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Spotlight on Craig Anderson

By Jason Blasco

It was the All-Star Futures Game, and excitement was in the air.  Some of the most talented players from all levels in the minor leagues were invited to play at Atlanta's Turner Field.  One of those players was Seattle Mariner's pitching prospect, Craig Anderson, who was barely one year removed from his minor league debut with the Northwest League Everett AquaSox. 
    Craig Anderson says, " That was one of the most memorable games in my career. They treated us like major leaguers.  We got to play in a major league park, and it was like they were giving us an incentive to become major league players."  This season, Craig Anderson has plenty of incentives to persue his dream of  becoming a major leaguer.  Players in the Midwest League are developing a growing respect and fear for the left handed, 6 foot 2 pitcher that wears the number 7, and helps put the rattle in the Wisconsin Timber Rattlers.
    Only 19 years old, Craig Anderson is showing that he already has the ability tothrow 4 different pitches for strikes, a devastating curve ball, fastball, slider.  These
pitches are baffling opponents, causing them to hit a minuscule .268 against this left-handed pitcher, who relies more on finesse than power.  In addition to holding opponents to a paltry batting average, he has also posted some pretty impressive numbers in the Midwest League, with an outstanding 11-6 record for 103 strikeouts in 129 innings, and a respectable 3.82 ERA. With those fabulous numbers, it looks like he could be on his way to the brand new Safeco Field in a couple of years, helping an already young, deep, and talented Mariner's staff. 
    This success is nothing new to Craig Anderson though.  Before coming toAmerica, he had success playing in the Australian Baseball League.  With the
Sydney Storm, he really caused opponents to be confused by keeping them off balance with his pitches that he cleverly mixes up.  With a 5-4 record, a
2.36 ERA, and 45 strikeouts in 68.2 innings, he gave opponents hardly anything to hit, holding them to a .235 average.  In the playoffs, he also was a key contributor to the Storm march towards a championship. In his one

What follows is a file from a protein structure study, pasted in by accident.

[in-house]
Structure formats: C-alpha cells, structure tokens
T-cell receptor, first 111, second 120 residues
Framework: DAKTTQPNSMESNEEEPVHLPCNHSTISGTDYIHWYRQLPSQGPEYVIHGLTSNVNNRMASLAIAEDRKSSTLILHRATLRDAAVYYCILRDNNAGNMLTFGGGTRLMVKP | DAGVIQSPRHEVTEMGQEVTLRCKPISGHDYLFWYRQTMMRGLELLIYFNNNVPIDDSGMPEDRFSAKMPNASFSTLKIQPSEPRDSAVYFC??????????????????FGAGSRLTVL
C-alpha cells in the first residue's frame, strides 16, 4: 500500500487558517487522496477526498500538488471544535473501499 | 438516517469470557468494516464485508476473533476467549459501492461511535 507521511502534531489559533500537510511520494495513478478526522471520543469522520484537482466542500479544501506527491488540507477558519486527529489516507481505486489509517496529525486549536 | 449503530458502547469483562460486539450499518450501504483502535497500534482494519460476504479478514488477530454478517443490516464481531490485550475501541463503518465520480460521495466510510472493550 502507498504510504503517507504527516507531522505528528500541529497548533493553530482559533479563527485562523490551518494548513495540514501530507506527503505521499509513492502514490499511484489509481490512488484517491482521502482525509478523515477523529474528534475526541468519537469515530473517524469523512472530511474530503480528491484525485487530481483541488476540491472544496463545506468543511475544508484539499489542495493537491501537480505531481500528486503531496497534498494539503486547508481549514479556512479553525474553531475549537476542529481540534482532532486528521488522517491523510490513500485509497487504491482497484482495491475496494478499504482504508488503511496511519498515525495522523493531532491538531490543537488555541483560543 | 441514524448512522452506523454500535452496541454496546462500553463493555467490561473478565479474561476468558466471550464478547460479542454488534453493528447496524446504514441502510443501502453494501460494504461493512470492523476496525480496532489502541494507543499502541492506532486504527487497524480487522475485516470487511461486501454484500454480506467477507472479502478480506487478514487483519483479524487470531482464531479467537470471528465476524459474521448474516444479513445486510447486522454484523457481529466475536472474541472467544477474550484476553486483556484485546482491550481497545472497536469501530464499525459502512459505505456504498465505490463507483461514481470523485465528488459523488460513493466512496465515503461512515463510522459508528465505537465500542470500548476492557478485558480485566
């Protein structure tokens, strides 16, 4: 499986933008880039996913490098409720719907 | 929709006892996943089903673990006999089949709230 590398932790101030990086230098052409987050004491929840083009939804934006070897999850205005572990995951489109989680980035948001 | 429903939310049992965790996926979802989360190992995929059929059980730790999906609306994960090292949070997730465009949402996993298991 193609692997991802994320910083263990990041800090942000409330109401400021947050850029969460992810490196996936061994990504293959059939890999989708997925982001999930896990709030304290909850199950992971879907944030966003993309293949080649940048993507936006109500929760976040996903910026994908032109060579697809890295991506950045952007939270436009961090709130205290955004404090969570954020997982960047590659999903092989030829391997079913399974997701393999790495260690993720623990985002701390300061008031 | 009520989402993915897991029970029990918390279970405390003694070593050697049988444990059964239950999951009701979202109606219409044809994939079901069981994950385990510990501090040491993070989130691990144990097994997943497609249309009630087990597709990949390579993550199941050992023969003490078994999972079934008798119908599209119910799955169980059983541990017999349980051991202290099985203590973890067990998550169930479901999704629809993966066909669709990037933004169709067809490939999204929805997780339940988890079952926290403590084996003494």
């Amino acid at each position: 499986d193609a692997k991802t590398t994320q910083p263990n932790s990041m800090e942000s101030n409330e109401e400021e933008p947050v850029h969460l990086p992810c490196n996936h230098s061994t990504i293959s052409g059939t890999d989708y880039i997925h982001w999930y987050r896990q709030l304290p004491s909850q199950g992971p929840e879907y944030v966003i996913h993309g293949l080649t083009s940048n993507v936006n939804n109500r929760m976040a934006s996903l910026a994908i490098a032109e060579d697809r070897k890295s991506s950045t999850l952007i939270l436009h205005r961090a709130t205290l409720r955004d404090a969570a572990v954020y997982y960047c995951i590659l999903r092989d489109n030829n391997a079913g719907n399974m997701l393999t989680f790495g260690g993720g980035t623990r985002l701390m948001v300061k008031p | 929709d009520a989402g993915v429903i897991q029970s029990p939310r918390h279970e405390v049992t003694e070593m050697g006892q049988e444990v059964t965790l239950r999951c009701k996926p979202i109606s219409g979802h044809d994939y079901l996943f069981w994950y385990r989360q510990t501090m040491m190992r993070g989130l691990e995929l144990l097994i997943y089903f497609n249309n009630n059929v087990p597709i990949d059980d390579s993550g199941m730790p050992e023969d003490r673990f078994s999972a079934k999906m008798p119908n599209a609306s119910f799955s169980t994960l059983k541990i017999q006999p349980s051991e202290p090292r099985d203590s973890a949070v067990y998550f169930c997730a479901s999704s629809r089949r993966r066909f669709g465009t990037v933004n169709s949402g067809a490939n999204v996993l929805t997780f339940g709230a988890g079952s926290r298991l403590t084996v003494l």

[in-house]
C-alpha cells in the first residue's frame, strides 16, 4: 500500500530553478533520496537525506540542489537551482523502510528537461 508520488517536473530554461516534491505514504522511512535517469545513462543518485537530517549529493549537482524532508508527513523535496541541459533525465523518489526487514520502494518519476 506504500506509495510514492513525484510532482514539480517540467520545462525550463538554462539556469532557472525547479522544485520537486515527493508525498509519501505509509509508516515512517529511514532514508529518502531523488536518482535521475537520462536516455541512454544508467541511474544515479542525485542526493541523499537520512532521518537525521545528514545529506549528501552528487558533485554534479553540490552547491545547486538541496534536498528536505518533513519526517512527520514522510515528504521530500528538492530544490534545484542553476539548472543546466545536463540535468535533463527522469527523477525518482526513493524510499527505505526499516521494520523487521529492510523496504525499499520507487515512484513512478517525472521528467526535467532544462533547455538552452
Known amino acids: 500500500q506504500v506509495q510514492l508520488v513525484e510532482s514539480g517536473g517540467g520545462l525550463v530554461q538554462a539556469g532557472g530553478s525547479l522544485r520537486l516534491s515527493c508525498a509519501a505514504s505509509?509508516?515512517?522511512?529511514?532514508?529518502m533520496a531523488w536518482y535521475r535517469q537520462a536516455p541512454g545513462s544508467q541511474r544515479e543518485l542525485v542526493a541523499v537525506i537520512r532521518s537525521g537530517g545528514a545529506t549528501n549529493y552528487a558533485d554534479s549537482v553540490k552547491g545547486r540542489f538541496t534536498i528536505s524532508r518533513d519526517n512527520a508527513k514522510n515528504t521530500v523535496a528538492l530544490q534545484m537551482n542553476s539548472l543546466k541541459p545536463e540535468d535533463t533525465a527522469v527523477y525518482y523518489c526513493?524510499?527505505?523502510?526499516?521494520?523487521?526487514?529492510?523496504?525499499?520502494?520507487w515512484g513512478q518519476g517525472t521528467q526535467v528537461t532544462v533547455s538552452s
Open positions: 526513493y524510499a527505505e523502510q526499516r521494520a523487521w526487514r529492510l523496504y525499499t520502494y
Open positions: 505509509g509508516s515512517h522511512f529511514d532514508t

start in a playoff game, he held the Adelaide Saints to only one earned run.  All of this was accomplished by Craig at the young age of  17 years old, which shows that he still has a lot of room and time to improve.  
    When Craig Anderson came to America last season to start his climb up the minor league ladder, he was the fifth starter for the short season class A Everett AqauSox.  Anderson says, " I was nervous my first game pitching for the AquaSox, and I gave up about 3 runs in five innings."  After that steady start, 18-year-old Anderson went on to terrorize the Northwest League for the rest of the season.  Craig put up almost unheard of numbers for a short season league, with a near perfect record of 10-2.  All you had to do to find out how Anderson was doing last season was look at top of a Northwest League pitching leaders stats sheet to know how dominate he was.  He led the league in victories, complete games (2), shutouts, innings pitched (90), and was third in the league in ERA, and strikeouts.  He also rewrote the AquaSox record book, with his 10 wins being the second most in Everett's rich history of baseball players.         
    Going into his second professional season, Anderson is taken giant leaps towards the major leagues.  Working diligently with pitching coach Eric Chavez, Anderson is trying to improve his game including mechanics and other important parts of pitching.  Craig says, " Eric Chavez has really helped improve my game.  He has really worked with me on my mechanics, which is the
part of the game I need to improve on the most."  Craig also checks the scouting reports on batters before each game, studies their strengths and weaknesses, and tries to use this information to his advantage.  Before
games, he also warms up, works on things with the pitching coach, and also listens to music to try to relax before he dominates batters.  On the mound, he has a quiet, competitive demeanor, with four pitches he mixes up to get players to strike out, popup, or flyout, and then they quickly become spectators of the game, instead of on base.  He has shown signs of things to come by twice this season striking out 10 batters. 
    Craig Anderson is one of the top pitchers in the abundantly talentedMariner's system.  It may be his athletic background and work ethic that has helped him become a success, playing against some of world's best baseball players in the minors.  Also, studying and modeling his game after two elite pitchers in the major leagues, Greg Maddux and Jamie Moyer, has helped
Anderson become the player he is now.  All of these things are the reasons he will someday be playing in a major league uniform. 


 

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